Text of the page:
A few small studies have shown that children with autism have different microbes living in their intestines than children without the disorder. This difference could be explained by the often picky eating habits of autistic children. Or the difference could be a side effect of an underlying genetic or environmental trigger—autistic children commonly have gastrointestinal problems. Still, the connection is intriguing.

The causes of autism are varied and complex, and the same measures may prevent the disease in some but not in others. By learning about the connection between autism and microbes, we have the potential to find more ways to fight the disorder.

child turning nose up at nutritious food

Autoimmune disease (multiple sclerosis, lupus, rheumatoid arthritis)

In people with autoimmune diseases, the immune system becomes confused and starts attacking the body's own tissues. With multiple sclerosis, the immune system attacks the protective wrappings around nerves and brain tissue. With rheumatoid arthritis, it attacks connective tissue in the joints. Dozens of other autoimmune diseases involve other organs and tissues throughout the body.

As with asthma and allergies, autoimmune diseases may be more likely to happen when the immune system doesn't get the proper training during childhood. Much of this training happens in and around the large intestine, and microbes are a big part of the process. Certain types of microbes living in the gut may protect us from autoimmune diseases, and others seem to make us more vulnerable.

Mice that have segmented filamentous bacteria living in their gut are more affected by arthritis and encephalomyelitis, an autoimmune disease of the brain and spinal cord. Also in mice, certain microbes protect against type-1 diabetes, in which immune cells attack the insulin-producing cells of the pancreas.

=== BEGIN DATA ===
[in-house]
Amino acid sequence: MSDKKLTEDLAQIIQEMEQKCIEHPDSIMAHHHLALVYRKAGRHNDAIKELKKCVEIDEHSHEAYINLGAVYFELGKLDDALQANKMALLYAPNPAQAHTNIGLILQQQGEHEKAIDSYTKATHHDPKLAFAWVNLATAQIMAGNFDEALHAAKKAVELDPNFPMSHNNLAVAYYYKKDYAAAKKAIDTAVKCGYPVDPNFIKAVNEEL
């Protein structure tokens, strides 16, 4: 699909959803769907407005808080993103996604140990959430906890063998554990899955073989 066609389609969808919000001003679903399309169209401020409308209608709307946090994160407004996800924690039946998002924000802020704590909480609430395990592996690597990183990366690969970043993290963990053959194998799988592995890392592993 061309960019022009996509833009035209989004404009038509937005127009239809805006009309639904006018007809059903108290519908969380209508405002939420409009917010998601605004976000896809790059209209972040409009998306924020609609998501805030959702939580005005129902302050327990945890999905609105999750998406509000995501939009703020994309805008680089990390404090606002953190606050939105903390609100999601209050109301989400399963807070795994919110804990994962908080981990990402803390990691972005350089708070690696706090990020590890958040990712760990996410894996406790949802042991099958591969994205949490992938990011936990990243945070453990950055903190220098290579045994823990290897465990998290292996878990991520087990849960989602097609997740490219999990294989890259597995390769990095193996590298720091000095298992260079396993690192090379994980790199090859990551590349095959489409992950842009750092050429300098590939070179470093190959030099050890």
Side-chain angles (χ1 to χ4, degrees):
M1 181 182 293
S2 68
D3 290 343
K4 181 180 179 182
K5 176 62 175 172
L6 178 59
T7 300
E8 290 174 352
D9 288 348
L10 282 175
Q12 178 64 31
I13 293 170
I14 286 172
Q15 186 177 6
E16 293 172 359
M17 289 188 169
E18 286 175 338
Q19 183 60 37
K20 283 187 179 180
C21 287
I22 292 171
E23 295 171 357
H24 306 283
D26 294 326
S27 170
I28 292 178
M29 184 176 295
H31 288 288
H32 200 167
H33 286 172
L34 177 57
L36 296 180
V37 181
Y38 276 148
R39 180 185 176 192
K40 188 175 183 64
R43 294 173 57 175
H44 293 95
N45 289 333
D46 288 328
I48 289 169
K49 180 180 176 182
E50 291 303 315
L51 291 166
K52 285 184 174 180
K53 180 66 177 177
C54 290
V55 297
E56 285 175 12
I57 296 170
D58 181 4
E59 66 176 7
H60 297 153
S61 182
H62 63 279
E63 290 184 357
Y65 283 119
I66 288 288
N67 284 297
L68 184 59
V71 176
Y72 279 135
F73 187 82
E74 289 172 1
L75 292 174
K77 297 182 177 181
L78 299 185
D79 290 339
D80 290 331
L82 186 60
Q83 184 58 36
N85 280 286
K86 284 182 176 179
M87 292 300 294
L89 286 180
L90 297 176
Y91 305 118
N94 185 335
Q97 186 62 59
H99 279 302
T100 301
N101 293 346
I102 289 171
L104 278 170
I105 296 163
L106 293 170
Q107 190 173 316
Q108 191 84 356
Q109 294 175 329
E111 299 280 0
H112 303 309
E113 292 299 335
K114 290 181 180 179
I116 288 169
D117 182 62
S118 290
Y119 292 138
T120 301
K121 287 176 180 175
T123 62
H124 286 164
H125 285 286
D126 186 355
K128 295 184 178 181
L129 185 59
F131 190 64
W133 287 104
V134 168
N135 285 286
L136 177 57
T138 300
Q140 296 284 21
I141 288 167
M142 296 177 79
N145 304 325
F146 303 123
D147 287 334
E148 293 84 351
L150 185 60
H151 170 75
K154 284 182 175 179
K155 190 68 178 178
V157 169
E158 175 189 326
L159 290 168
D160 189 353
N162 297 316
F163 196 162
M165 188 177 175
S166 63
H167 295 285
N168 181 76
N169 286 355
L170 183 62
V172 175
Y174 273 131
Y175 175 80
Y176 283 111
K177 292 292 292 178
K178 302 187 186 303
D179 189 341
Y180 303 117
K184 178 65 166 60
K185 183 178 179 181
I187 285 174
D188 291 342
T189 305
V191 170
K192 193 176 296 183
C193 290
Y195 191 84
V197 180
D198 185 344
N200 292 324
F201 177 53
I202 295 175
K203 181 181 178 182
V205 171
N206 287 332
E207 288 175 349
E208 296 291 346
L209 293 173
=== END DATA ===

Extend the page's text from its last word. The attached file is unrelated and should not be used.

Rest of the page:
neuron with damage to myelin sheath

In people with multiple sclerosis, the immune system attacks myelin, the substance that insulates nerve fibers.


There is some evidence that microbes may have an indirect role in cancer. For example, some microbes cause inflammation, which appears to increase cancer risk.

A number of microbes also have more direct connections to cancer. H. pylori bacteria, a common cause of stomach ulcers, is also associated with cancers of the stomach and esophagus. A number of viruses cause cancer as well: Hepatitis B and C greatly increase the risk of liver cancer; the sexually transmitted HPV (human papilloma virus) is associated with many cervical cancers; and EBV (Epstein-Barr virus, the cause of mononucleosis) is associated with lymphomas (cancerous white blood cells) and other cancers.

over-grown, disorganized cancer cells among healthy, organized cells

In cancer, the body's own cells multiply and grow out of control.

Dental cavities

You probably know that eating lots of sticky, sugary foods leads to cavities. But did you know that microbes were involved? Dental plaque, the sticky layer that forms on our teeth when we don't brush, contains hundreds of species of microbes. A few of these are bacteria that use sugar as food and release acid as a byproduct. The acid eats through the hard enamel on the outside of our teeth, causing cavities. Bacteria can then grow inside our teeth, leading to infection. When we brush our teeth, we scrub away the microbes.

People with lots of cavities tend to have certain species of mouth bacteria, and people with healthy teeth tend to have others. It turns out that even though we have lots of different kinds of bacteria in our mouths, just a few cause cavities. In the future, we may be able to buy a mouthwash that targets these bacteria, protecting us from tooth decay. Meanwhile, the good news is that we know how to protect ourselves from getting cavities: cut down on sugar, and brush teeth at least twice every day.

someone brushing their teeth

Depression and anxiety

We are only beginning to understand the connections between our microbes and behavior. Doctors have long known that certain infectious microbes can influence behavior: the rabies virus causes insomnia, agitation, and fear of water; the protist Toxoplasma gondi takes away rodents' fear of cats. So it shouldn't have been surprising when researchers found that some microbe-related intestinal disorders are associated with anxiety, depression, and other mental symptoms.